"A splendid study." -- John Brademas, Review of Politics"A major contribution to what we know about...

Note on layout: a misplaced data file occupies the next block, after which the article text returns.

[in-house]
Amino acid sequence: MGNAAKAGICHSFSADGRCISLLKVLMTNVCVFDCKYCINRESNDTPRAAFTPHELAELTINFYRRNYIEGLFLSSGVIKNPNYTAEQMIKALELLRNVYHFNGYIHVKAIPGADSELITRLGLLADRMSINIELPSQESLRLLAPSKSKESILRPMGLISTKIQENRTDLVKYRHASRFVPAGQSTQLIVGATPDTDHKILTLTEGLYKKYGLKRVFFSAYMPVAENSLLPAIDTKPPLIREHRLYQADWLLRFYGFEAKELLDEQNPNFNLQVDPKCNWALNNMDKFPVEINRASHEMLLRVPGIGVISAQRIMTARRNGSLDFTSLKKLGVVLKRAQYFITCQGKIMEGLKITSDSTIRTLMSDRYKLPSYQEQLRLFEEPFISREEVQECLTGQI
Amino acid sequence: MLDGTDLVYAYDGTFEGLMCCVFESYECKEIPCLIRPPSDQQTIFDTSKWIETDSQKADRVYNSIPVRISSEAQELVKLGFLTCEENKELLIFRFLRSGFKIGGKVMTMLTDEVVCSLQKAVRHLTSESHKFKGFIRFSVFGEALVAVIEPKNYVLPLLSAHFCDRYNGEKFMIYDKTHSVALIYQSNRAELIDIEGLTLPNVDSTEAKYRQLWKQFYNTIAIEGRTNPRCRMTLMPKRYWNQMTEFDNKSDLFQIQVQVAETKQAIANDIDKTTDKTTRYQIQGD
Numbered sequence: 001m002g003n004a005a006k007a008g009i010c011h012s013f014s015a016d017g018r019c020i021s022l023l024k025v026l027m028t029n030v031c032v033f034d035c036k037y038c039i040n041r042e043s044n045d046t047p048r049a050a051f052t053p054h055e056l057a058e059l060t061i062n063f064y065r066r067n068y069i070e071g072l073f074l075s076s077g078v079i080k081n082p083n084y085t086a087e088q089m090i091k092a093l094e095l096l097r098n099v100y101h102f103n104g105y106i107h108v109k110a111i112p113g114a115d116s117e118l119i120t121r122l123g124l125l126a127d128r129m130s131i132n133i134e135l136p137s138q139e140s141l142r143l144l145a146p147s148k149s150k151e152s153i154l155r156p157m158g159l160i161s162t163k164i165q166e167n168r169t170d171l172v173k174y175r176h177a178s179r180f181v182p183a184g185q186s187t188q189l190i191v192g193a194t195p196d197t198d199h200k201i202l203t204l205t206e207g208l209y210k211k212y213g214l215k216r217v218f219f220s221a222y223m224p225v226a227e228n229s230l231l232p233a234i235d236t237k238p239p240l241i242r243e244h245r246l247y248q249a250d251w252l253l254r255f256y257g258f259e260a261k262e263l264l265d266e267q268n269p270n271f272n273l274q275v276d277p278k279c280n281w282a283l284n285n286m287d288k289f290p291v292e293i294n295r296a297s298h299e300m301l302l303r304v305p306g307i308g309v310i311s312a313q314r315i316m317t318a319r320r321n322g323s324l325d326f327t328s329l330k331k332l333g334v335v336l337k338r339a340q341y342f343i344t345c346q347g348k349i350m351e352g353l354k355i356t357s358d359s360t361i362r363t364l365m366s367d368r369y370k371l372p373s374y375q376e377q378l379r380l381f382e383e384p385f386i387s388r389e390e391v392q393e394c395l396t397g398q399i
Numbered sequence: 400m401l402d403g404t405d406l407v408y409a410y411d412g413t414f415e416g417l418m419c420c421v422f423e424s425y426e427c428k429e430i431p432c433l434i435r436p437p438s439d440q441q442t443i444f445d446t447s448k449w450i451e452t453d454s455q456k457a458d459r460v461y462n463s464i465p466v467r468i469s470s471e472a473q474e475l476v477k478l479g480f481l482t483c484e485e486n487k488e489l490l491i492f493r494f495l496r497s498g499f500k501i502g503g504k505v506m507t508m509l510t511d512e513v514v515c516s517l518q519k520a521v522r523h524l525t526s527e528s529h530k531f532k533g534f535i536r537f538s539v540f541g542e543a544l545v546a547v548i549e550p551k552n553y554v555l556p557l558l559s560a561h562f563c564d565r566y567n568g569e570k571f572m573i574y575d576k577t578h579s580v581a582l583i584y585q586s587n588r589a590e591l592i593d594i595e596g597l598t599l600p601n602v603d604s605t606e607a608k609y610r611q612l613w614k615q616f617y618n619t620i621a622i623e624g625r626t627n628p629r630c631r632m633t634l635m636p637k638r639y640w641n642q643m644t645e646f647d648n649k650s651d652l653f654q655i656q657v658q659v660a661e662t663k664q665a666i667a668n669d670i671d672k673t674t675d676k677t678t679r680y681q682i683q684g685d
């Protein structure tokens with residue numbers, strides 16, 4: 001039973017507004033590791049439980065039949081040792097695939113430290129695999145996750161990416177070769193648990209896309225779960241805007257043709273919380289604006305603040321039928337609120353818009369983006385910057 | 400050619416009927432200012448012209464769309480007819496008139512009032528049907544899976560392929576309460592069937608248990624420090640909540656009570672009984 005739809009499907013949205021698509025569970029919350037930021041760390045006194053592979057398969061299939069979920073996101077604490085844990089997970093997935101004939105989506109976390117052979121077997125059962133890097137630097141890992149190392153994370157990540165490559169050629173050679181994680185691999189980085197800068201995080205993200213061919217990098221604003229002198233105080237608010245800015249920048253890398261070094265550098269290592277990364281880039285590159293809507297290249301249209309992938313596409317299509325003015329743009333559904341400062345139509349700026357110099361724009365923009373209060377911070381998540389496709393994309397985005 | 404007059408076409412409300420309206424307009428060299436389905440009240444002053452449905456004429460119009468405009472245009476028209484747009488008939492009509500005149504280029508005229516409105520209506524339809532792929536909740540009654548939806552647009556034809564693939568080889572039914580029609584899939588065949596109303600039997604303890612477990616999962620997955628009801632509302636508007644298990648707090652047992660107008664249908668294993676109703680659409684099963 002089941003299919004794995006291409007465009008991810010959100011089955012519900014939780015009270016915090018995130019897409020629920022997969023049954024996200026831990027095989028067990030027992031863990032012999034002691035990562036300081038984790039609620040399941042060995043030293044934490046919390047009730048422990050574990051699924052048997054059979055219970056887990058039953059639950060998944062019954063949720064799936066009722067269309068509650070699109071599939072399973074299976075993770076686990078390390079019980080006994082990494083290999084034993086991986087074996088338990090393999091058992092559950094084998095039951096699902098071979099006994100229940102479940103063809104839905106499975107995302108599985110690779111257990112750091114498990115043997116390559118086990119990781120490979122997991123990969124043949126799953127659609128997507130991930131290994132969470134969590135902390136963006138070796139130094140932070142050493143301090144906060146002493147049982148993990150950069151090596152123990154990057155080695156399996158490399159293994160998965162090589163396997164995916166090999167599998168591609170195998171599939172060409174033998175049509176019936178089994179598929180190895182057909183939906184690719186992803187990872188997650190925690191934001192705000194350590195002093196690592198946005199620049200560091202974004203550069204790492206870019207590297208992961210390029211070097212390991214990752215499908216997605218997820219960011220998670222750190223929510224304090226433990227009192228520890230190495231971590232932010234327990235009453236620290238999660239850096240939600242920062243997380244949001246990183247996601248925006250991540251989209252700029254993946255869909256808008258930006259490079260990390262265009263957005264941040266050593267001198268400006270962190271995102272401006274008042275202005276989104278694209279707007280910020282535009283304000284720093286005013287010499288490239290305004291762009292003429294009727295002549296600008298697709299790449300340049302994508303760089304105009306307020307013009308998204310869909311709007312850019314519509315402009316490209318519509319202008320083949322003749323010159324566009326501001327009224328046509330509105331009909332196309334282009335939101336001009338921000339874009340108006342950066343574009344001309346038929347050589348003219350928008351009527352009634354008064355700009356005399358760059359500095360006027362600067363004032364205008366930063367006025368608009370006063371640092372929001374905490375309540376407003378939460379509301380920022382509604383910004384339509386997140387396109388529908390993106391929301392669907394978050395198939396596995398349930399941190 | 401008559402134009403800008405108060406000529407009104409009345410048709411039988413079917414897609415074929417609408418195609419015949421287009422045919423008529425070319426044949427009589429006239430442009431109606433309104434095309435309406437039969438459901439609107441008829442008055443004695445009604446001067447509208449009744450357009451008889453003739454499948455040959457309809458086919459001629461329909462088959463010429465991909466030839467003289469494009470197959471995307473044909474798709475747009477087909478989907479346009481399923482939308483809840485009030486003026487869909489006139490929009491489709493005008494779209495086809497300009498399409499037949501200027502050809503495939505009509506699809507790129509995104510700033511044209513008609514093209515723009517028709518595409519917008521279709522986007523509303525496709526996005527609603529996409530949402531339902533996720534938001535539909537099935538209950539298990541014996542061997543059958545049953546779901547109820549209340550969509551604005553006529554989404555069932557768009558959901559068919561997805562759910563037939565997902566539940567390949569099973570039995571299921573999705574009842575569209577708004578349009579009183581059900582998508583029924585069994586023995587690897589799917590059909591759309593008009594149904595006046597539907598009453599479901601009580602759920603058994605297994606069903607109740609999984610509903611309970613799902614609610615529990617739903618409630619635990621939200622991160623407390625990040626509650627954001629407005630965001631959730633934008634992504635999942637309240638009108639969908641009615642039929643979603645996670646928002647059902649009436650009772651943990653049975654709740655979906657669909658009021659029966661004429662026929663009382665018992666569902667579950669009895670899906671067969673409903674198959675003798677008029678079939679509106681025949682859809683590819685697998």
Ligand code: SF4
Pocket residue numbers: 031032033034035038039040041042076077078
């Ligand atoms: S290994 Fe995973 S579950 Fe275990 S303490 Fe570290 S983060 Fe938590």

"A splendid study." -- John Brademas, Review of Politics"A major contribution to what we know about congressional leadership... Peters has written the definitive treatment of the speakership for the first 200-year history of the House of Representatives." -- Journal of PoliticsOne of only four federal offices named in the Constitution, the speakership of the U.S. House of Representatives is second only to the presidency in political power and influence. In this revised and updated edition of The American Speakership, Ronald M. Peters, Jr., offers the first comprehensive political and historical account of the speakership to appear since the turn of the century. Arguing that the workings of Congress can best be understood from a broader historical perspective, Peters traces the evolution of the office from its early form as a parliamentary office through periods during which it functioned as a feudal institution to its present form as a democratic speakership. Today the office of the Speaker is more powerful than at any time since the turn of the century, and Peters covers the visible and controversial roles played by Tip O'Neill and Jim Wright, and, more recently, by Tom Foley and Newt Gingrich. "A major book on an important subject." -- Annals of the American Academy of Political and Social Science"A sophisticated and insightful history of the speakership." -- Political Science Quarterly